An update: the wake-up call and lessons learned…
About four months ago I shared a very personal experience with you all. It was an experience that has been a part of my daily life ever since and has changed my life in some very significant ways. Now that I’m nearly at the end of the final chapters, I think an update is in order.
For those of you who are new readers to this column, a little bit of background is probably necessary.
In March of this year I was arrested for DUI over in Napa. It was late in the evening and I was driving on Highway 29 like I’ve done thousands of times before. My BAC (blood alcohol concentration) was .10, .02 above the legal limit of .08. I was handcuffed and transported to the Napa County Jail in downtown Napa where I spent the night. I was released around 4 a.m. the next day and had to wait until after 8 a.m. to get my vehicle out of the towing company’s impound lot. It was an expensive bill, as it was a Saturday morning. Nearly $400 later, I was on my way home to Sonoma still in shock over what had happened the night before – I was still thinking that it had to be all a bad dream.
The shock wore off rather quickly as I started to realize what lay ahead. Things had changed for me. The first change immediately apparent was the fact that I no longer had a driver’s license. It had been confiscated by the arresting CHP officer and replaced with a temporary license, good only for 30 days. In the next week, as I waded through an impossibly confusing maze of the things I needed to do, I realized very quickly that there were two very different tracks I needed to pursue. The first involved my driving privilege and the Department of Motor Vehicles. The second was the preparation for my arraignment to face the criminal charges.
In early May, both of those tracks came together. My first court appearance resulted in a continuance so that I could have the opportunity to retain and meet with an attorney. Meanwhile, the DMV-imposed license suspension also took effect. That suspension would last for a minimum of four months, the first 30 days of which were a “hard” suspension – no driving at all for any reason. For someone who has had the freedom of driving for all of his adult life, this was a big adjustment for me and for my family. Even the smallest thing became a huge inconvenience.
In mid-June I was able to apply for and obtain a restricted driver’s license that allowed me to drive to and from my work and also to and from the DMV-required DUI education classes I signed up for in Napa. I began attending the weekly two-hour classes in mid-July – my “first offender” program called for 15 weeks of classes. I am still attending these classes and will do so through October. I did retain the services of an attorney and went to court again to enter my “not guilty” plea and set my case for trial. Trial was set for Monday, August 27.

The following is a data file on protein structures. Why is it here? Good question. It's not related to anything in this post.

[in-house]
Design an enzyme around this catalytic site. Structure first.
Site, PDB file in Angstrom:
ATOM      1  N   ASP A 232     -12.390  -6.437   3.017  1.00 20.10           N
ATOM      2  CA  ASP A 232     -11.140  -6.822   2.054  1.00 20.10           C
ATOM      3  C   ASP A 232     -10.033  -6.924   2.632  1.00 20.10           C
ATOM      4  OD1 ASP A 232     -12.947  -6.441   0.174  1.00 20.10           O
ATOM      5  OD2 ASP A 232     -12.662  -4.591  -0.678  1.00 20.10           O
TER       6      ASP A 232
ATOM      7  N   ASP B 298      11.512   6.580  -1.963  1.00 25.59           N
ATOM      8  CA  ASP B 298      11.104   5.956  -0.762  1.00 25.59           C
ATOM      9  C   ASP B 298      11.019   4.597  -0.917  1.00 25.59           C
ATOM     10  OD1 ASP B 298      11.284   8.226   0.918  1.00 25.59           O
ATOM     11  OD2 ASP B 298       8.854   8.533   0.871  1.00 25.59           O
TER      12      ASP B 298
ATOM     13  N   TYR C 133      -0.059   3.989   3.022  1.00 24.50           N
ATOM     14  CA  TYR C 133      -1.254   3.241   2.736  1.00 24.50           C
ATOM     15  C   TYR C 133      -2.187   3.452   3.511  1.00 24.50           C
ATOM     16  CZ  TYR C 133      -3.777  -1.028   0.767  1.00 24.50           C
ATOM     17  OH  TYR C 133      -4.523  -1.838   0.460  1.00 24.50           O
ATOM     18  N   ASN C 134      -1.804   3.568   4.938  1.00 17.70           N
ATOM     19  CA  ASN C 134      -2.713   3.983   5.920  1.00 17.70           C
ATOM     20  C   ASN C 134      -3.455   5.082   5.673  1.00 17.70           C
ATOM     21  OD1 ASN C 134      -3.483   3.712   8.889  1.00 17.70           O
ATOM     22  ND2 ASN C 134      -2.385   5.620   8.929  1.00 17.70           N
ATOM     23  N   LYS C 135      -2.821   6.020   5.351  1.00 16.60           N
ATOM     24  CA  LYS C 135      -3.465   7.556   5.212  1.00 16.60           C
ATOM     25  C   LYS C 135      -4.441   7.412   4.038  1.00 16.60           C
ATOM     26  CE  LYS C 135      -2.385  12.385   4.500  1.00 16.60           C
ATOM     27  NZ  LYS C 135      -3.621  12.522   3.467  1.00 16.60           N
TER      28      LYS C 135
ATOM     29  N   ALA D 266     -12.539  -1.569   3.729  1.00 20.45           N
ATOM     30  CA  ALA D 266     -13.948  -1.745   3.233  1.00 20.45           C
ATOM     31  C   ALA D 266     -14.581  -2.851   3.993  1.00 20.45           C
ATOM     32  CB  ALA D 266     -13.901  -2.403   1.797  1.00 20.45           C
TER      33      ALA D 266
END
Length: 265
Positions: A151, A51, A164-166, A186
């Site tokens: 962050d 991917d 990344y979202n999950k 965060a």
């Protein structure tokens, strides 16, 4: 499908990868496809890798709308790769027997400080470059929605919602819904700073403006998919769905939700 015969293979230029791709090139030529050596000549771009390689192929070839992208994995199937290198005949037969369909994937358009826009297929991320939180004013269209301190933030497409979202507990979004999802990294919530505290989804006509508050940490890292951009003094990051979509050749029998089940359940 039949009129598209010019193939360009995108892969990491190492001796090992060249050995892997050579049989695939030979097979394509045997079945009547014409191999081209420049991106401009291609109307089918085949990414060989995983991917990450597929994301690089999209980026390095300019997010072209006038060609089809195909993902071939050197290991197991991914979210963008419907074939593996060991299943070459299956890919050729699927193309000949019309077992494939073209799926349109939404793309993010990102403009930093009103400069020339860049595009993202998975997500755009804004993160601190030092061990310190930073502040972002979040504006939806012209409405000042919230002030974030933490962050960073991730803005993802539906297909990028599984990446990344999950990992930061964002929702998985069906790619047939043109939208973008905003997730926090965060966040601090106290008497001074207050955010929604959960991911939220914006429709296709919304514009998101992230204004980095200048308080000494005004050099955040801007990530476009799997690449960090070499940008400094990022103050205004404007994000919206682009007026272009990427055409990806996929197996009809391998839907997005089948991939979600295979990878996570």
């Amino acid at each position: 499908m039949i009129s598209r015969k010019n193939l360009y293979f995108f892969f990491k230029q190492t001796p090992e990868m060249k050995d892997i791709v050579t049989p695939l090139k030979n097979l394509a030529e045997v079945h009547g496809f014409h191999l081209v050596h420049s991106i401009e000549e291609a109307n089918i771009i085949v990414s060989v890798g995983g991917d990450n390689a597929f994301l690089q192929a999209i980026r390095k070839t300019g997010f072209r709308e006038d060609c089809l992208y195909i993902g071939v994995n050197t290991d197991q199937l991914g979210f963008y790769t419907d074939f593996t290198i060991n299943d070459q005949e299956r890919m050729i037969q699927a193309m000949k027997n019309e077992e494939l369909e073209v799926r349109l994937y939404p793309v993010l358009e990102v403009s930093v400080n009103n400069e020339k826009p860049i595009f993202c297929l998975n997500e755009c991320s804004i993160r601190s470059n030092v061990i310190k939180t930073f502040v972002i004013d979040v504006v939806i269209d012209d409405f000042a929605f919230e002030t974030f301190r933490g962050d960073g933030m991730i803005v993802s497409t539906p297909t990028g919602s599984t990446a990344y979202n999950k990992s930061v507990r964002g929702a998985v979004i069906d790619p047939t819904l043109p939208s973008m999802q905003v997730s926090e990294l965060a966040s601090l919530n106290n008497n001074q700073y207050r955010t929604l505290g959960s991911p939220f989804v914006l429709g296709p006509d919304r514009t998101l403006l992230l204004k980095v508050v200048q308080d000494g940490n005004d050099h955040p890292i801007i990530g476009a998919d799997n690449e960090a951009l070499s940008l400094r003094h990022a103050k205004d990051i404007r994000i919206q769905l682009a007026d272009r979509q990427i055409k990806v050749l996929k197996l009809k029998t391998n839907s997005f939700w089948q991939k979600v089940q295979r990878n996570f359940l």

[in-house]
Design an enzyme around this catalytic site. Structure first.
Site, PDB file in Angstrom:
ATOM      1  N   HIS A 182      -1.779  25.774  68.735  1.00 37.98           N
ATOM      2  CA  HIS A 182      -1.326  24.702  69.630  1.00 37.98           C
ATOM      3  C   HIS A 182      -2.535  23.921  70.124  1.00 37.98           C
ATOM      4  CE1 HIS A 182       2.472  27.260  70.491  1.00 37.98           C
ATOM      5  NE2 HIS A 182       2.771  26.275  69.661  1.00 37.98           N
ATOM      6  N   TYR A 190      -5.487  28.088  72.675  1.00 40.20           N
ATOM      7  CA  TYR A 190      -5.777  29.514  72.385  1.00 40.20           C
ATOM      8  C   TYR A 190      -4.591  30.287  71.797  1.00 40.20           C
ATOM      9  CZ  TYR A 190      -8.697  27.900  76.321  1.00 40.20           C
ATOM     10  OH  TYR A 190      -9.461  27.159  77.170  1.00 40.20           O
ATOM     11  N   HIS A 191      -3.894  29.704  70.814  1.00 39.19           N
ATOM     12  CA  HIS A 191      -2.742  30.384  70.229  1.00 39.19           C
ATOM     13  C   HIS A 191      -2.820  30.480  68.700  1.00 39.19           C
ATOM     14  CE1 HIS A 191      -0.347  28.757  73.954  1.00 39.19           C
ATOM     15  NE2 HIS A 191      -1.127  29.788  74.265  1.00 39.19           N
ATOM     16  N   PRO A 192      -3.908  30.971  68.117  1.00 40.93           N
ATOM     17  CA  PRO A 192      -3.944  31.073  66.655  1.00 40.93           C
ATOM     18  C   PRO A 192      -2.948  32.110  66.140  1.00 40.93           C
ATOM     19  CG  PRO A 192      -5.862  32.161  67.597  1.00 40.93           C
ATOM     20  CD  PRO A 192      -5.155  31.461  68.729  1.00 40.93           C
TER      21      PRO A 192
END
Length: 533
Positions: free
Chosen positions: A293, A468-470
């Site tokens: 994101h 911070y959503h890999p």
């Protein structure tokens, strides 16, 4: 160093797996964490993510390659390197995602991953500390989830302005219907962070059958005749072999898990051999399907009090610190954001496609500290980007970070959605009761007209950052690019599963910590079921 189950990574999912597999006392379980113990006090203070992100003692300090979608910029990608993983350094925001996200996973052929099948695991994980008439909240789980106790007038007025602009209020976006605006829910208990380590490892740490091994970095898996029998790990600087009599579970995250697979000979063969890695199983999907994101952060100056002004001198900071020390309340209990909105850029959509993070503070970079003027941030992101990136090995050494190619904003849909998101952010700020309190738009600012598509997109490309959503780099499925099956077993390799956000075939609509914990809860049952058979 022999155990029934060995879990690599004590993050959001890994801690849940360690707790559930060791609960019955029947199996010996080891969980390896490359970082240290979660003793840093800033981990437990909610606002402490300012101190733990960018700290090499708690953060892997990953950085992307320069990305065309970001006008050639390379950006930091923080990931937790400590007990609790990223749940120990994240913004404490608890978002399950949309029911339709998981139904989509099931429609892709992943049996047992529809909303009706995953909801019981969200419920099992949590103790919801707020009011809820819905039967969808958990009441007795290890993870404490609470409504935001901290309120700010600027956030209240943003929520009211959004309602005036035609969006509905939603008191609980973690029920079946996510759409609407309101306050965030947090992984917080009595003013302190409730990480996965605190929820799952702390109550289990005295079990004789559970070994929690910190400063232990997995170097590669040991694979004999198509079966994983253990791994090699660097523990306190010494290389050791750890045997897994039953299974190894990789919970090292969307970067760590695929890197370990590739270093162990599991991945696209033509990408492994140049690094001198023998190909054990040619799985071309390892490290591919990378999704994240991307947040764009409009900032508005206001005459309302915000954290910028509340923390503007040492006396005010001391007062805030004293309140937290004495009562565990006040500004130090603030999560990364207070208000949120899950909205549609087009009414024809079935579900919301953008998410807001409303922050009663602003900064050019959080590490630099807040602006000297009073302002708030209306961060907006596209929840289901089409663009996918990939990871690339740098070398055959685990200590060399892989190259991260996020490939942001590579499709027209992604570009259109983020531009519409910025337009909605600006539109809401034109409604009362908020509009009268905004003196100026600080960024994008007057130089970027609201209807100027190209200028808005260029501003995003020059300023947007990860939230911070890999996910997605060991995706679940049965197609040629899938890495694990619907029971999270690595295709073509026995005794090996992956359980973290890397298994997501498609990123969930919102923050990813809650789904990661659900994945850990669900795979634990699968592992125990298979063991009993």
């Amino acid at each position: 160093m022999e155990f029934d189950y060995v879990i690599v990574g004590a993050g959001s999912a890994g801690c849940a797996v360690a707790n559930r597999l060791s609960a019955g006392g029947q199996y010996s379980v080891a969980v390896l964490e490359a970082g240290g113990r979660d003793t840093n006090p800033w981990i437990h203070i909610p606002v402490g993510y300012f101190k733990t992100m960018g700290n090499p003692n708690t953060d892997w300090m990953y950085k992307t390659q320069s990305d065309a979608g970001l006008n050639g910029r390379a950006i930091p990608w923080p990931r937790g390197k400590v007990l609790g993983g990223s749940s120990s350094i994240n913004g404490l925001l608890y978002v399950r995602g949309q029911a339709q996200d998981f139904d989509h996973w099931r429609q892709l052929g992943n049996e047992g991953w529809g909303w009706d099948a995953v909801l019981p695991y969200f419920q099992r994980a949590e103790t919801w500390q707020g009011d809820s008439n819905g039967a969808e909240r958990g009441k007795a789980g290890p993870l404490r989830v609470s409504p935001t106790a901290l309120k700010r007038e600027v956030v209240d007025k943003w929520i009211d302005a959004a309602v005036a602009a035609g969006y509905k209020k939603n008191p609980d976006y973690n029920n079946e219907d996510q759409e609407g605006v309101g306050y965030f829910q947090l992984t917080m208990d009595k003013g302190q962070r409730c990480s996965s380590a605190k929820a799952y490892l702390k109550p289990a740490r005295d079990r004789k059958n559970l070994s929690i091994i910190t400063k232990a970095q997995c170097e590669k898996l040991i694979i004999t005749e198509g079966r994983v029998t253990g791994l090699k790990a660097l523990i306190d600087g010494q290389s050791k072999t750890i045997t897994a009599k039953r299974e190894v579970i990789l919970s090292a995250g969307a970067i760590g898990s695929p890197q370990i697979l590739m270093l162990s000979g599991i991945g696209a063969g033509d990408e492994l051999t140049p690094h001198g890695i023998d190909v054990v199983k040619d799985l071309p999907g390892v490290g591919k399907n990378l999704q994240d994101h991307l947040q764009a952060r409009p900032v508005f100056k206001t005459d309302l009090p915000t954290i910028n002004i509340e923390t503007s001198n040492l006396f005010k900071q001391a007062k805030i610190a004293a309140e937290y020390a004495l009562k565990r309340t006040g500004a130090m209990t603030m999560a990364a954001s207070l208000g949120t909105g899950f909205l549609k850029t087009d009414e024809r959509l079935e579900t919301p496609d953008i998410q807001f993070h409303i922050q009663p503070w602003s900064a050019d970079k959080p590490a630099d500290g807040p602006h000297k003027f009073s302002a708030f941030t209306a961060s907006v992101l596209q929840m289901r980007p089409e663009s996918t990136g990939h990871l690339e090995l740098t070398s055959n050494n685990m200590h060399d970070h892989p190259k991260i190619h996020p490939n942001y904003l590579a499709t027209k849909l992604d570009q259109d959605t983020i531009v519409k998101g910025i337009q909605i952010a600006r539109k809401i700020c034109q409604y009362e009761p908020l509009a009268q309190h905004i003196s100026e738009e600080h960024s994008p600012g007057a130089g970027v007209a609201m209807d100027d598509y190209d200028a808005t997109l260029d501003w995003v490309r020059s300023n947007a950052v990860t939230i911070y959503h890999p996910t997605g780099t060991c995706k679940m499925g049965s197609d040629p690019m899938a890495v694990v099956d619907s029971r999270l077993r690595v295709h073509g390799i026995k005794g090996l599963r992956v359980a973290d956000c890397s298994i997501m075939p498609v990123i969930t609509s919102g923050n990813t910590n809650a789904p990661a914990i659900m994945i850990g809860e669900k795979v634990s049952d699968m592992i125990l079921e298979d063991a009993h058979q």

My trial was a truly surreal experience. Most of us have been in courtrooms before – I had been on numerous juries. But I had never sat in the defendant’s chair and let me tell you it is no fun at all. For the first time in this whole experience I really felt like a criminal. I was on the witness stand for what seemed like forever, counting cross examination and redirects – it was grueling. My attorney was awesome. The jury received instructions and began deliberating in the middle of the third day of the trial.
When you are charged with DUI, there are actually two separate offenses you are charged with: 1.) Driving under the influence of alcohol or drugs; and 2.) Driving with a blood alcohol level of .08 percent or above. The jury had its verdict later that third day: “not guilty” on the count of driving under the influence and “guilty” on the count of driving with a blood alcohol level above .08 percent. The net result was for me was “guilty.”
The judge thanked and excused the jury and imposed the standard “first offender” sentence on me: two days in jail (with credit for my overnight stay), a substantial fine, five years of summary (unsupervised) probation during which I can’t drive with any measurable alcohol and am subject to testing at any time (penalties for a second DUI are far more severe). The conviction stays on my driving record for 10 years. Plus, now that there has been a conviction, I am not looking forward to what will happen to my insurance rates.
So what’s the lesson here? The obvious one is don’t go where I went – do not get a DUI. I think that the more subtle lesson here is about choices. I made the wrong choice on that night back in March and now I will live with the consequences of that choice. Fortunately, those consequences are mostly measured in dollars and inconvenience. For a staggering number of people each year, those consequences are far worse. We’re talking serious damage, horrific injuries to oneself and others, and even death.
Wakeup call received. Lesson learned.
I’m hoping that by reading this, you will say the same thing.
As always, you can email me with questions at firstname.lastname@example.org.
Greg Walter has been a Sonoma resident for more than 20 years. Greg has been in wine and food publishing for more than 30 years, 15 of which were spent as a senior editor and later president of Wine Spectator magazine. Today he writes the PinotReport newsletter (www.pinotreport.com) and publishes books through his Carneros Press imprint (www.carnerospress.com).